I Am Chief Celebrates One Year TODAY!! ~ "Post from the Past" #5

There were several posts that I considered re-posting to commemorate my one year of blogging. But I went with the one below - primarily because of it's necessity after the previous two posts. I think you'll understand.

Also, pardon my self indulgence...but if you've been a reader of iamchief at any time this year and have yet to leave a comment, why not today? C'mon! It's my 1st bloggin' birthday! Just say "Hey!" or "Love the blog!" or "I read your blog daily to induce vomiting" or "whatever".

Now - back to the 5th and final "Post from the Past", as a necessary and natural postlude to the last two posts...


While preparing to teach a college/young adult class on sin this past Lord's Day, I revisited a book by Jeremiah Burroughs that I had set aside several years ago after having almost read half. In The Evil of Evils, Burroughs endeavors to present two twin truths, that the least sin is worse than the greatest affliction, and the least sin is worse than the greatest torments of hell.

Using typical Puritan logic, he suggests that sin is worse than affliction & hell because sin CAUSED both affliction and hell. And that which has been caused (affliction & hell) cannot be greater than that which caused it. Make sense?

People often go to great lengths to avoid affliction in thier lives, but do very little to avoid sin, when sin is the greater of evils. And it seems that people are more concerned about dying in Hell than living in sin, when in reality, living in sin is worse than dying in Hell. There is at least some good in hell - that is - God is glorified in the just punishment of the wicked. There is, however, no such good in sin.

Weighty matters, indeed! Makes me want to finish the book. Makes me want to stop sinning. Makes me eager from Heaven that much more when we'll be delivered from "this body of death" by Christ Jesus our Lord! (Romans 7:7-25)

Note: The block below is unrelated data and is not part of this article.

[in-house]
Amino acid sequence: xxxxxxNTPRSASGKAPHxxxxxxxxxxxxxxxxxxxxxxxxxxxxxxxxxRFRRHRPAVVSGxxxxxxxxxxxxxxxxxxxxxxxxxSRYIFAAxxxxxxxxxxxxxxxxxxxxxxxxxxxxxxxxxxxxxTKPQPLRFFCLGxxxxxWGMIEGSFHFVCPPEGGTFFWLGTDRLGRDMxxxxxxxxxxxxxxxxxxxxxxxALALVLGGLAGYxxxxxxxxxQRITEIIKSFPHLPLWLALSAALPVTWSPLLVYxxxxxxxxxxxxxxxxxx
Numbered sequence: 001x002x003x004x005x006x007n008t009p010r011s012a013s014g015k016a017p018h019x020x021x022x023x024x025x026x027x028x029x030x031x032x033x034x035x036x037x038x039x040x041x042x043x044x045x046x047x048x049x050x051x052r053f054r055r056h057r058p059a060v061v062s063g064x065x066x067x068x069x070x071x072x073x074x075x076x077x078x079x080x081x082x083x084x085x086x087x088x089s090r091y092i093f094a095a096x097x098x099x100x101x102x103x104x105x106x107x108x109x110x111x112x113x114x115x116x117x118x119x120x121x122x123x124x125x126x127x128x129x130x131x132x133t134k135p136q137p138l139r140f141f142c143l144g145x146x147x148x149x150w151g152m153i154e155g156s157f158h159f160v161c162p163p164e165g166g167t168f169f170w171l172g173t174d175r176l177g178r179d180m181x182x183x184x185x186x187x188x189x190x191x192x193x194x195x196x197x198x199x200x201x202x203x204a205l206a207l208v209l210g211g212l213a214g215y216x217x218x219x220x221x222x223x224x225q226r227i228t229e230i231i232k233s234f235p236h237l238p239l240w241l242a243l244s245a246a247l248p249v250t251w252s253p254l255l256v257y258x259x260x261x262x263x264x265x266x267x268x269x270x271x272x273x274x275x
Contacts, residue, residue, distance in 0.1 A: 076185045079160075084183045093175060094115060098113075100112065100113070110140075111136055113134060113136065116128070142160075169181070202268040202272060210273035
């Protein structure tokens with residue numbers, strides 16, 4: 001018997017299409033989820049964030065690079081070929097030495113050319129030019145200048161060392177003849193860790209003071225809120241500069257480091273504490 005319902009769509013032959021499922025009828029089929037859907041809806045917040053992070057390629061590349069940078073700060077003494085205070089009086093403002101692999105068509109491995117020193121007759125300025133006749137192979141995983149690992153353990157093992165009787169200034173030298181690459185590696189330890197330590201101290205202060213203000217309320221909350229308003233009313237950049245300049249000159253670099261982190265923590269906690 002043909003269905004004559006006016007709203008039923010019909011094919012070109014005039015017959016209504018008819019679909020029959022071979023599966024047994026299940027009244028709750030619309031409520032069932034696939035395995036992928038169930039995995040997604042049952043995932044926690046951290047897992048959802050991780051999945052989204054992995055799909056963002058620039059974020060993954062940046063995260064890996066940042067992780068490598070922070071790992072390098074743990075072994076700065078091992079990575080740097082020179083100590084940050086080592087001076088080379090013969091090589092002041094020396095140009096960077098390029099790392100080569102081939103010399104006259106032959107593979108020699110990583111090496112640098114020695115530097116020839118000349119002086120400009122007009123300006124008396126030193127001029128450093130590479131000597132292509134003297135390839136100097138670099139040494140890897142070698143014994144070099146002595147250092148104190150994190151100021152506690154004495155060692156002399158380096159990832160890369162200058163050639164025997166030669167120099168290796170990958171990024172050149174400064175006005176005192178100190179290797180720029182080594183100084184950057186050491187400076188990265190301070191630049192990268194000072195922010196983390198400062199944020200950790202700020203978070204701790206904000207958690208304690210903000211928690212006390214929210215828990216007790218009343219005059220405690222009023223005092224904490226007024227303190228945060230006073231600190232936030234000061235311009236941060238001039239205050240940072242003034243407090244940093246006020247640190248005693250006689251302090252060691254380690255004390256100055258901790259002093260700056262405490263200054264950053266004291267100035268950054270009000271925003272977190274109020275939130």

From page 3 of his book, Burroughs says this:

There is... more evil in sin than in all the miseries and torments of hell itself.

Suppose that God should bring any of you to the brink of that bottomless gulf and open it to you, and there you should see those damned creatures sweltering under the wrath of the infinite God, and there you should hear the dreadful and hideous cries and shrieks of those who are under such soul-amazing and soul-sinking torments through the wrath of the Almighty. Yet, I say, there is more evil in one sinful thought than there is in all these everlasting burnings, and that is what I shall endeavor to clear and prove to every man's conscience, that we shall not only see it as an ill choice to chose sin rather than affliction, but (if it comes in competition) to choose sin rather than all the tortures and torments of hell, however many of you give in to sin upon very easy terms.

Burroughs also speaks of two other areas that tie in to my previous post on reasons not to sin, as well as the post on the salvation of angels (actually the impossibility of such).

When suggesting deterrents to keep us from sinning, or in his own words, "way[s] to break your hearts for sin, and also to keep you from temptation", Jeremiah Burroughs says that viewing sin foremost as sin against God and His holy character is a stronger and more necessary deterrent than the mere consequences of sin. Whereas the consequences are certainly a deterrent, they are usually in the near or distant future, yet God is always present. Plus, we can sometimes avoid (by sinning yet more) such consequences of our sin, but we cannot avoid God. It's perhaps summarized best by Joseph, "How then can I do this great wickedness and sin against God?"(Genesis 39:9)

And then there's the fallen angels. Creatures that were once so glorious, that are so numerous, and yet their punishment and chains and miseries now are so eternal. All this, for one sin. All this, for the first sin. Burroughs continues, "Consider that God should not now enter so much into any parley with them about any terms of peace, nor ever would, nor ever will." (pg. 90, emphasis mine)

We would do well to take more seriously the sinfulness of sin...the evil of evils.

And Jesus said, "Neither do I condemn you; go, and from now on sin no more" John 8:11


tnfpb said...


Phoebe said...

I never really thought of sin like that. It was quite enlightening. Not sure how I missed it the first time around.

Happy 1 year blogging.